Two competing marches crossed the Venezuelan capital Caracas Saturday, as tens of thousands of pro-President Hugo Chavez supporters called for the US to extradite a suspected terrorist.
At the same time, thousands of opponents, brandishing photos of people jailed for their role in an April 2002 coup attempt against Chavez marched to the Ombudsman's office to hand over a solidarity document.
The document alleges human rights violations and judiciary bias -- saying the judges side with government.
Called by their president to join in the demonstration, the Chavez supporters wore red hats and shirts in their march to defend state oil giant Petroleos de Venezuela (PDVSA) -- and demand Luis Posada Carriles' extradition from the US. Posada Carriles, a militant opponent of Cuban President Fidel Castro, is wanted on terrorism charges.
While the two marches at times came within blocks of each other, relative calm prevailed.
In Eastern Caracas the two sides came within five blocks of each other, some people pushed, insulted each other.
Caracas Prefect Carlos Delgado announced that 1,800 police had been deployed by the different municipal governments around the capital to guard the pro-Chavez march.
The opposition march, meanwhile, was flanked by the militarized National Guard police.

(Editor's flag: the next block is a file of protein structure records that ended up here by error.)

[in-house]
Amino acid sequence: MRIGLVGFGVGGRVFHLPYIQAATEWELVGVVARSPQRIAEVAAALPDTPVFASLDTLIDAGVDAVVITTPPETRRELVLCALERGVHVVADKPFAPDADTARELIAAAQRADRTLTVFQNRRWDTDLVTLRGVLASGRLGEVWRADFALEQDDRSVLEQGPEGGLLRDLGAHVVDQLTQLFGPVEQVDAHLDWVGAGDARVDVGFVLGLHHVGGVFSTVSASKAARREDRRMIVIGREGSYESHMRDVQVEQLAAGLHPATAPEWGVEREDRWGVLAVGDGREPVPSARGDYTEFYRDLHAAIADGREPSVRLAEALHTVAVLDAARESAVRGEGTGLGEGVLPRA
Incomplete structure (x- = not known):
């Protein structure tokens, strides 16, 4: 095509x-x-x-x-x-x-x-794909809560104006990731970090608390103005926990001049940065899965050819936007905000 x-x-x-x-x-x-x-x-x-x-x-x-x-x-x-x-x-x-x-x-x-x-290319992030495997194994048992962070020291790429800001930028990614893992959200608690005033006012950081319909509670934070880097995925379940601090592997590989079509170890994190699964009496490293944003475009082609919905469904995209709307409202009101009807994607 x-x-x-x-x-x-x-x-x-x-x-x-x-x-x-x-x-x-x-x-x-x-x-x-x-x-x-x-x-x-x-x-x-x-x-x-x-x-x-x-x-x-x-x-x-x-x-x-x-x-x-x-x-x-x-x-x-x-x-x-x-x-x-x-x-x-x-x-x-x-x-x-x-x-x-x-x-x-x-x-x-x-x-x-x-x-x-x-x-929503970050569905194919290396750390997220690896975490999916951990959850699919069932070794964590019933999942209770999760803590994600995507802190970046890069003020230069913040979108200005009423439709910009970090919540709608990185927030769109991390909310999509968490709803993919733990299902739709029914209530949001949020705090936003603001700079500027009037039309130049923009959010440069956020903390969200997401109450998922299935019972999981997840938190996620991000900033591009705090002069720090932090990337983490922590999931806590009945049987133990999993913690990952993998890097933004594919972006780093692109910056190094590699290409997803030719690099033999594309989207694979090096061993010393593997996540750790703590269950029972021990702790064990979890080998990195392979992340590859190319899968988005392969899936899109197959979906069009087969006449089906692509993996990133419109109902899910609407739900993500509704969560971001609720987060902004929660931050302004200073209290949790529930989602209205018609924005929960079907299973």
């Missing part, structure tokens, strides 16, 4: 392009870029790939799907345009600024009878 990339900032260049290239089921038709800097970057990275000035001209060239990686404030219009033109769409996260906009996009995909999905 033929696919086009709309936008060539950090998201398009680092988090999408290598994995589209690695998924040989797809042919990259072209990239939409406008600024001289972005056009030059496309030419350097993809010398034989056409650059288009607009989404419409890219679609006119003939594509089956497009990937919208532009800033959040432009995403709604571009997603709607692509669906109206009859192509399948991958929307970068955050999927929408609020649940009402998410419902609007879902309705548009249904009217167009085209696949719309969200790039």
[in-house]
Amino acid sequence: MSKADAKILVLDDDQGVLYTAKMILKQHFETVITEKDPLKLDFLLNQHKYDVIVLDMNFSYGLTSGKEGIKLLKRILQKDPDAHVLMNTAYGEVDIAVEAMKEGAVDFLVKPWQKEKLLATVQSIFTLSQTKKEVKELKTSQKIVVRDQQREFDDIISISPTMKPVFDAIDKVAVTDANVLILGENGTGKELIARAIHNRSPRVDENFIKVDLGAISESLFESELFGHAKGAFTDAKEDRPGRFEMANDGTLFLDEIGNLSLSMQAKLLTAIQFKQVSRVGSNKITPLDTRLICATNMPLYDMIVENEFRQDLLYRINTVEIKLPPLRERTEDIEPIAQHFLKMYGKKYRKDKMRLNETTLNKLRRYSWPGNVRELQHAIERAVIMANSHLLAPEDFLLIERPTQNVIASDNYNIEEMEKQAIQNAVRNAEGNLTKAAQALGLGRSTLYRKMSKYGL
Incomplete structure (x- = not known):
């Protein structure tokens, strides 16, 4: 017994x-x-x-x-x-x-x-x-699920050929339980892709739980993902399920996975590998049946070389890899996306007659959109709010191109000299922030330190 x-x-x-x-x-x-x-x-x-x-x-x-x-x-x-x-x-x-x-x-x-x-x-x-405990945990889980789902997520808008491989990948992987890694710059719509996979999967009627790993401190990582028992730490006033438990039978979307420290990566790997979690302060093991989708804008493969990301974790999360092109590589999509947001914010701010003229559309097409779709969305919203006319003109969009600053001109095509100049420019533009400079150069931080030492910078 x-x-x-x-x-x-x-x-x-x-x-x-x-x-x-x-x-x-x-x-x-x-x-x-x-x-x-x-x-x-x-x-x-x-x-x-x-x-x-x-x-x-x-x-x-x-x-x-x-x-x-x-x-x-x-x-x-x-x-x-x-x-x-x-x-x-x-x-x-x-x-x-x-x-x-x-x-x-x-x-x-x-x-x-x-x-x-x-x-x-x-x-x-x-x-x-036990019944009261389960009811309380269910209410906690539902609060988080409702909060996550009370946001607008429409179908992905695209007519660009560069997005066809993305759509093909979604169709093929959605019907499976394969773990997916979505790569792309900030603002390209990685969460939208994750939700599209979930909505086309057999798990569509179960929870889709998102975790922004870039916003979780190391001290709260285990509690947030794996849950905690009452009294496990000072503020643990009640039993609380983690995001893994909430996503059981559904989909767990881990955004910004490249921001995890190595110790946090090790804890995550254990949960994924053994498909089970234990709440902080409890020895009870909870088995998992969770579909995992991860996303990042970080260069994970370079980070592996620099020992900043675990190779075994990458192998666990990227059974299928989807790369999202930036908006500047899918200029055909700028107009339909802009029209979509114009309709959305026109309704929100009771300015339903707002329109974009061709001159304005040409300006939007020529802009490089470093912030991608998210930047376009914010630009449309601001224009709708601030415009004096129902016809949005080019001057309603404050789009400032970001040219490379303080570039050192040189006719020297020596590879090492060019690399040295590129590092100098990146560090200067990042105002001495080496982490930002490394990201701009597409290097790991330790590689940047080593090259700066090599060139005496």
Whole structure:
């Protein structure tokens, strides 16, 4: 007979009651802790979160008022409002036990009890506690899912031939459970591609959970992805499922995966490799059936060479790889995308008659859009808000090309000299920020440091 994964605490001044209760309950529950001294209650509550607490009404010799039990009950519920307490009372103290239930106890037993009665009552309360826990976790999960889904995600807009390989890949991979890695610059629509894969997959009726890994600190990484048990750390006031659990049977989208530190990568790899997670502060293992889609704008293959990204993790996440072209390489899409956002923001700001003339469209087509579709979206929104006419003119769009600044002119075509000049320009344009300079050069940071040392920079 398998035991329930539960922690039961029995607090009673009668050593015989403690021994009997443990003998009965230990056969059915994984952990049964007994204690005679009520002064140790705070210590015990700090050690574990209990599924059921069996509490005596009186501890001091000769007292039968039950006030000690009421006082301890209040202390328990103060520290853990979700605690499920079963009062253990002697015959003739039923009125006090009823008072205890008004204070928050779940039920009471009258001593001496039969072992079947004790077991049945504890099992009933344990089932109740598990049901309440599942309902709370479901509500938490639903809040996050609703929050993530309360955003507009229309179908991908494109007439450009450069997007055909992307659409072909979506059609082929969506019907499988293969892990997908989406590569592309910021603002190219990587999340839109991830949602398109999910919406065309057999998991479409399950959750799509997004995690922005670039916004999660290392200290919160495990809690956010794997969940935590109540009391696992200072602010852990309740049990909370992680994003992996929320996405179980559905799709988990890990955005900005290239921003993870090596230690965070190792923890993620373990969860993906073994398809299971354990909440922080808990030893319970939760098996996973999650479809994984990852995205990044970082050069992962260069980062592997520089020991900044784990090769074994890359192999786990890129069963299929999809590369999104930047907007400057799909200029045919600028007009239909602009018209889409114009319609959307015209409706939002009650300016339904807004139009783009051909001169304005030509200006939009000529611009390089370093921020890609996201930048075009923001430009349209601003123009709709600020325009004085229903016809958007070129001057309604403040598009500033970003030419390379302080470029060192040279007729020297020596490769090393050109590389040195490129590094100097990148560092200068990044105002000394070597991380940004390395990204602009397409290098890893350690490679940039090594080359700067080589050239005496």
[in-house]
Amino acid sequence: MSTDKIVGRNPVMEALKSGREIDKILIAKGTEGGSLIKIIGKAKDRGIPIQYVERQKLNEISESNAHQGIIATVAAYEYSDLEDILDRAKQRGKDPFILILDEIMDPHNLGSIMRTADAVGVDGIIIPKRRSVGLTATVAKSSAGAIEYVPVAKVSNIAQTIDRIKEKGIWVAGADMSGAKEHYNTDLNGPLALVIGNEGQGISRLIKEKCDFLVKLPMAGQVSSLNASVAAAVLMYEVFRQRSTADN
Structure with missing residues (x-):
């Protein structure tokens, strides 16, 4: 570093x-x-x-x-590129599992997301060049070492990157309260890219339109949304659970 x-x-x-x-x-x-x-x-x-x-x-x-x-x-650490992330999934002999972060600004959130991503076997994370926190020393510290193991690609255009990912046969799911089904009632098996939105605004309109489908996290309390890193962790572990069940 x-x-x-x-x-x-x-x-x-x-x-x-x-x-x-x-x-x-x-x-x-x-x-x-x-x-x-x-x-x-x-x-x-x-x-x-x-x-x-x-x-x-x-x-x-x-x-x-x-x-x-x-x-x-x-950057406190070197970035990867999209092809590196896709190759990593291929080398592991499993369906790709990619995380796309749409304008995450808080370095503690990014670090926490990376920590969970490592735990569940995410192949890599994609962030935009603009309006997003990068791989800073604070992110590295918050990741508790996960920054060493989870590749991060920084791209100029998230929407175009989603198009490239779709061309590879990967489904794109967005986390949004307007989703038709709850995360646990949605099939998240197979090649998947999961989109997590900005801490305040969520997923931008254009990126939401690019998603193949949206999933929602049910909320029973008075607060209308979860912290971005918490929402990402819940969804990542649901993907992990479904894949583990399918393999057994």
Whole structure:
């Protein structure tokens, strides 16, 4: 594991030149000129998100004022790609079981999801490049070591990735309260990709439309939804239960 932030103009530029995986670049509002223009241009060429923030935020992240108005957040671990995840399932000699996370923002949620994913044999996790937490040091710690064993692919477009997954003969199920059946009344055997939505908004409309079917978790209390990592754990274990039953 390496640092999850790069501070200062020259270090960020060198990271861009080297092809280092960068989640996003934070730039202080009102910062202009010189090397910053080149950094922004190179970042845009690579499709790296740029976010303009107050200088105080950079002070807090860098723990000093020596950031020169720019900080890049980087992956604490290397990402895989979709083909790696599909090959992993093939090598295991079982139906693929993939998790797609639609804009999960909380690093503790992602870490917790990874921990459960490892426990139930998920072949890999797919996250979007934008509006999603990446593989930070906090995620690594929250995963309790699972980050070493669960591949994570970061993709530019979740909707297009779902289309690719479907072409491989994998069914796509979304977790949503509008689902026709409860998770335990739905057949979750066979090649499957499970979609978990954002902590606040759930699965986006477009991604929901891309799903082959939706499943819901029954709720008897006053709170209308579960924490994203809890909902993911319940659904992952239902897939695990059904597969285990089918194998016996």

In statements made Saturday, Venezuelan Vice President Jose Vicente Rangel slammed US officials as "hypocritical" after Washington rejected Caracas' request to detain Posada Carriles.
"They condemn terrorism on the one hand, and on the other they protect terrorists," Rangel said in a veiled reference to Posada Carriles as he led a protest demanding the Cuban-born Venezuelan's extradition.
Venezuela wants to put Posada Carriles on trial for the downing of a Cuban airliner with 73 passengers aboard in 1976. He escaped a Venezuelan prison while awaiting an appeal of his Venezuelan trial.
Venezuela's embassy in Washington said Friday the US had rejected a "preventive detention request with the goal of the extradition of Luis Posada Carriles."
"We have sent a diplomatic note to the Venezuelan embassy [Friday], saying that the request lacked sufficient basis from a legal point of view," a US official told reporters on condition of anonymity.
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